• Offer variety. This gives your child autonomy and choice.  
  • Try keeping this to 2-3 things though, otherwise choice can become overwhelming and distracting.
  • They model you. If you’re limiting your variety, your child is likely to do so too.
  • Let them see you trying new foods.
  • Options are great. ‘Peas or Peas’ is not an option.  ‘Peas or Carrots’ is an option.

Reward and praise

My mother could get me to eat a thousand peas when she praised me for my super pea-eating powers.  

  • Forcing a kid to eat is never a good idea.  It is stressful and results in making food (and you) really scary.  
  • Be realistic.  If your child is trying out new food, they may only give it a sniff or a small taste, then back away.  This is ok. Praise this. Praise any approximation towards eating the food. Praise them for their bravery and adventuring. This helps them work towards eventually eating that new food.
  • Ignore the negativeReward and praise the positive. Easy to say, without a plate of peas in front of me.  
  • Try to ignore the fussing as best you can. If you give that too much attention, it can sometimes reinforce the fussing. On the flip-side, if you praise even small efforts to eat, this will reinforce the effort.
  • Bribery does not work. A chocolate for a plate of peas might get that one plate eaten, but it will do nothing for eating other plates of peas. If you find yourself saying: “If you eat …. then you can have…”; this is a bribe. The eating is only contingent on the reward. This will not lead to sustainable flexibility in eating and increases kids’ perceptions that eating is a chore. It can also reinforce the fussiness.

Planning on introducing new foods?

Here are some tips that might help:

  • Start small and work your way up. Just a little taste of new food to begin with.
  • Pair it with something familiar.  
  • Make it attractive and enticing e.g., different shapes and sizes each time you offer it.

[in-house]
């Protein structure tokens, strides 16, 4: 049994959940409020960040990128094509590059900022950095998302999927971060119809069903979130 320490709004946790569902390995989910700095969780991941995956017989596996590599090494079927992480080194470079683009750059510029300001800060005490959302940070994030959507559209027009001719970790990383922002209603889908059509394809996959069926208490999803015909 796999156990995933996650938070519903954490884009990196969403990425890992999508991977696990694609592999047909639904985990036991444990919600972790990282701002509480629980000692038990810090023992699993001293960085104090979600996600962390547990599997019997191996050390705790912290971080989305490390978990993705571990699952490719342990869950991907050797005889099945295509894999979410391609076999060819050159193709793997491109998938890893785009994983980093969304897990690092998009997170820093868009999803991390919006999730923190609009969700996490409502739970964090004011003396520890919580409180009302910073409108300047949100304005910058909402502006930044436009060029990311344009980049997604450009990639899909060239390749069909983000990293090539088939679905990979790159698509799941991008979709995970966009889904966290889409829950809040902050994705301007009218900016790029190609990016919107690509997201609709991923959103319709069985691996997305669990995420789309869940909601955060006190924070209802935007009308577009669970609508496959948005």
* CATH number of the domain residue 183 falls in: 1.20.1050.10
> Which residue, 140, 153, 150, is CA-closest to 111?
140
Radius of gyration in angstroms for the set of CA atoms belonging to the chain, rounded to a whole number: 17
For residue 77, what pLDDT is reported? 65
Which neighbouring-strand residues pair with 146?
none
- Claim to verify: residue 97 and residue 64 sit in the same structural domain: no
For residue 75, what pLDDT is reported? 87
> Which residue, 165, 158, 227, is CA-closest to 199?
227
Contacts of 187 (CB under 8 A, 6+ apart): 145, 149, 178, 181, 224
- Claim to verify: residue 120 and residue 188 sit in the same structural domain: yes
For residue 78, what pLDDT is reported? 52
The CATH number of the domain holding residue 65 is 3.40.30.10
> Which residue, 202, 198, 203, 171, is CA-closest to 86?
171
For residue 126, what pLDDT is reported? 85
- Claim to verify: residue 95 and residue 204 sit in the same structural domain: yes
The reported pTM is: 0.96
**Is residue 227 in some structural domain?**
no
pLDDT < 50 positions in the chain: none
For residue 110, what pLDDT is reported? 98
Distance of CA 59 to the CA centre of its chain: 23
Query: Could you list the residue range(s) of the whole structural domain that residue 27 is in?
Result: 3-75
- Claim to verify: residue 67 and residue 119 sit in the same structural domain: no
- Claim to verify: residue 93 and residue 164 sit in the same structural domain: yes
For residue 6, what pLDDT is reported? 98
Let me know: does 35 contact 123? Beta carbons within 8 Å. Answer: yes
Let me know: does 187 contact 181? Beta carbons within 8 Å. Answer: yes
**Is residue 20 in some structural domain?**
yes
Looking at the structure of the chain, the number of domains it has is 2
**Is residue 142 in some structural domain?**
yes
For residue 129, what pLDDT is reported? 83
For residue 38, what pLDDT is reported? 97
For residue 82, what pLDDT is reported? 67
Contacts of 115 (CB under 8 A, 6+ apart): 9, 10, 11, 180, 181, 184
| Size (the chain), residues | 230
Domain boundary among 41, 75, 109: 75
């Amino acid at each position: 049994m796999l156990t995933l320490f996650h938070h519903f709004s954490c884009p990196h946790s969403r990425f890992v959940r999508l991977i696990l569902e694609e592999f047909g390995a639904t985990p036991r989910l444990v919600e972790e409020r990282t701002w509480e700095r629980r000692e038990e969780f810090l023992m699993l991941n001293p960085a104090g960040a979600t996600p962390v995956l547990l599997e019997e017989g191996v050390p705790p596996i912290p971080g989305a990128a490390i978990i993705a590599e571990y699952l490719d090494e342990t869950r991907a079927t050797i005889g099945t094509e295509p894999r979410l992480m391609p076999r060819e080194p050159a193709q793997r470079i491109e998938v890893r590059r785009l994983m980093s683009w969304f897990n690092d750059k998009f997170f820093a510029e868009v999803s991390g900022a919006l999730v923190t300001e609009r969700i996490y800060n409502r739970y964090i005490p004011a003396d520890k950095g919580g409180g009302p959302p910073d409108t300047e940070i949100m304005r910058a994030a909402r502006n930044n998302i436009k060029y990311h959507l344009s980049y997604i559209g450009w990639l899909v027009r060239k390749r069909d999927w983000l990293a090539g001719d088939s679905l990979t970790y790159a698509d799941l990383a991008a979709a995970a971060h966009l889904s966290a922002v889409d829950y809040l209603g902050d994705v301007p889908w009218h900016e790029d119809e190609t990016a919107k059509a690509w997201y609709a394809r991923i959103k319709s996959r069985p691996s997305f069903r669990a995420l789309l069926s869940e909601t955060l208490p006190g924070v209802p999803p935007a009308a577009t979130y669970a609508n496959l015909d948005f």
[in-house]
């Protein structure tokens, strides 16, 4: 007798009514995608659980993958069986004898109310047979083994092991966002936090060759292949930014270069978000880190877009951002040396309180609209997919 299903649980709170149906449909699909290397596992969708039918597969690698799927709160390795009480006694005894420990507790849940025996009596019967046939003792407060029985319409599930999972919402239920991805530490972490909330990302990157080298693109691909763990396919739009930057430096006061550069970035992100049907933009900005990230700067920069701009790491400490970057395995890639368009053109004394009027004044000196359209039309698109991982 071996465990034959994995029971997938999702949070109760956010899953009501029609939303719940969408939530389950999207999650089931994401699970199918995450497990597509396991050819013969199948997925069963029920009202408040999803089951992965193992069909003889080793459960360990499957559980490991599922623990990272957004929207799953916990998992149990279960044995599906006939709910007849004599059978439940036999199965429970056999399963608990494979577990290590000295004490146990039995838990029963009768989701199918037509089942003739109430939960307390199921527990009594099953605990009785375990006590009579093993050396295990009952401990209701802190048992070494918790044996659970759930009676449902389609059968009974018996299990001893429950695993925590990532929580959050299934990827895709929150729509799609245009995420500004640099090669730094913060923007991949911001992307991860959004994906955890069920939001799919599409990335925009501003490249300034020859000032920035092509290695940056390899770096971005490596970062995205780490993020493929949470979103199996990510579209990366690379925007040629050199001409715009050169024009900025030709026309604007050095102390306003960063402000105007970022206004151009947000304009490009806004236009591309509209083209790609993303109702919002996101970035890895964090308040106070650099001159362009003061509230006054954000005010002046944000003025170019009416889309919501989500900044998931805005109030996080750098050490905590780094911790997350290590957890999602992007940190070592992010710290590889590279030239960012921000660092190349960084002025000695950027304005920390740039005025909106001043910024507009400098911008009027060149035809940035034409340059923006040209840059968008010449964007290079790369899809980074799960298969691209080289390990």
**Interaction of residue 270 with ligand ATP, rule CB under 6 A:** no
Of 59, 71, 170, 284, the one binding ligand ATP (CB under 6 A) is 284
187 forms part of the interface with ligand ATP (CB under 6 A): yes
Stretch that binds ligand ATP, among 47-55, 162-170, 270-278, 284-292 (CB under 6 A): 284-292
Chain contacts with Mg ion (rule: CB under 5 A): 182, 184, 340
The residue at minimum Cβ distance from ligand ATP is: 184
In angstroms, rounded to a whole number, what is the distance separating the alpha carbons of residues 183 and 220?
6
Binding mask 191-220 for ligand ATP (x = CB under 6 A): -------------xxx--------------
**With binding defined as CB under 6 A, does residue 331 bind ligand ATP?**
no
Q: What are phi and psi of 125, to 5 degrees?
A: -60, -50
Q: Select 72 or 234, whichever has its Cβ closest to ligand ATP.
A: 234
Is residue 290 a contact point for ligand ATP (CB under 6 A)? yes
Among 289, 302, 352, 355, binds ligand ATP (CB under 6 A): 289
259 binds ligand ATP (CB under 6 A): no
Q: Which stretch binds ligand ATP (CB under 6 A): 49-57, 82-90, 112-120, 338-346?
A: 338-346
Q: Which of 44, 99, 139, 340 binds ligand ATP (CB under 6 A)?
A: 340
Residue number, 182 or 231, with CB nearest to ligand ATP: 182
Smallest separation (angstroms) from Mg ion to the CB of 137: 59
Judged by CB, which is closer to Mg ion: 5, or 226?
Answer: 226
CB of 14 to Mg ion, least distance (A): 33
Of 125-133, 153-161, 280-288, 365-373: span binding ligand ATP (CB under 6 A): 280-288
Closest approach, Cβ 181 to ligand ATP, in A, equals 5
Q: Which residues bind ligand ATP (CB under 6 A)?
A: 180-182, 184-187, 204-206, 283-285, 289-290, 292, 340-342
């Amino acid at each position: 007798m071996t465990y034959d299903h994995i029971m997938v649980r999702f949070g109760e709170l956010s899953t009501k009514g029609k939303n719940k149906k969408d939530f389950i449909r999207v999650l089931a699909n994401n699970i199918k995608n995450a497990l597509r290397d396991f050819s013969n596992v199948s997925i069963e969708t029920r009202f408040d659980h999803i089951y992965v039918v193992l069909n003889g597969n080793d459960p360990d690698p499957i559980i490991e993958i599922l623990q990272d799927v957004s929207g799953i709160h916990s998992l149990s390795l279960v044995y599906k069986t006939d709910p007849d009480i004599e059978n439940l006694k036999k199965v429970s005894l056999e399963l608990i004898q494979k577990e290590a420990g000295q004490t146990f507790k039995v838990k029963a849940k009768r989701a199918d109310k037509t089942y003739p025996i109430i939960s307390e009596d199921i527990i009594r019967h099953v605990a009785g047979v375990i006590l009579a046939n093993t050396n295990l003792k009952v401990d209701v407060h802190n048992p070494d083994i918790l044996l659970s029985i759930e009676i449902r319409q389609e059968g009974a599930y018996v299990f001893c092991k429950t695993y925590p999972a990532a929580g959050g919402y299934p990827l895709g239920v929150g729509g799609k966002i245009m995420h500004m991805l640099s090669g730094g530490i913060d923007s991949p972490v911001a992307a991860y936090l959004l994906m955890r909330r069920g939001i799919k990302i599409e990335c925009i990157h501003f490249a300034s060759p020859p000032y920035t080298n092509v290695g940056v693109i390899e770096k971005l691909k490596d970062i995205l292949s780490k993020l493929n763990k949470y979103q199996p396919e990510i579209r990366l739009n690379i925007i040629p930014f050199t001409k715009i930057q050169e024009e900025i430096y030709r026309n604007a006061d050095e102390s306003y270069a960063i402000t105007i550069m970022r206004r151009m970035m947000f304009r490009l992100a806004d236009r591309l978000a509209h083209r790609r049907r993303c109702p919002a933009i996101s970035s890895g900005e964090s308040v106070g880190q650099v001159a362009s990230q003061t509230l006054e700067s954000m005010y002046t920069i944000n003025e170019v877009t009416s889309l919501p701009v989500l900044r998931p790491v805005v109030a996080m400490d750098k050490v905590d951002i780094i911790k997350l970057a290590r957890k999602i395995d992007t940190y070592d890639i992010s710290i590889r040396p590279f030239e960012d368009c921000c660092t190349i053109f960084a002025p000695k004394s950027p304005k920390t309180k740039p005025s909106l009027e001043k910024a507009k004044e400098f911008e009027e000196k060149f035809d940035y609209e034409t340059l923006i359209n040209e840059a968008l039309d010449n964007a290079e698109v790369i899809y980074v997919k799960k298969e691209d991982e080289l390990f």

• Gentle prompting can be helpful: “give it a try. It is yummy. You might find a new favourite food”.
  • Keep offering foods that were refused. Eventually, your child will probably try it. They might just be working up the courage.  
  • Familiarity can often lead to liking. Be prepared though, sometimes kids need to be offered a new food 15-20 times before they’ll even try it.
  • Praise any attempt to try the new food. A kiss. A cuddle. Congratulate them for effort and for being adventurous.
  • Bring in the reinforcements. Kids model other kids. If other kids are having fun with food, so might your child.
  • If your child is looking at it like I used to look at peas, that’s ok. Try again some other time.
  • Don’t force them to eat it. If they don’t, that’s ok. Thank them for trying and let them know they can try again some other time.
  • If you’re onto a winner, keep it in the eating repertoire.  

On a final note. We all have foods that we don’t like. I still don’t like peas. That’s ok. You might try a food 20 times with your child and they just keep refusing it. It might just be one of those foods they will never like.

But let’s say, it is not just peas that are a problem, but any pea-like food item, or any food item made from peas; in fact, any green food item? Then you’ve probably got something a bit more serious than fussy eating on your hands. This can lead to quite restrictive diets, which results in problems with development. If this is the case, seek professional help. See your GP or pediatrician who can put you in touch with a dietitian and/or psychologist who can help with these sorts of problems.

Written by Dr Kim Eaton, Clinical Psychologist.

More information

If you would like to learn more about supporting your child to address fussy eating, or if you think there is a more serious eating issue or you would like to book an appointment with Dr Kim Eaton or another one of our experienced clinical psychologists, contact our friendly client team by calling 6143 4499 or email via our contact page.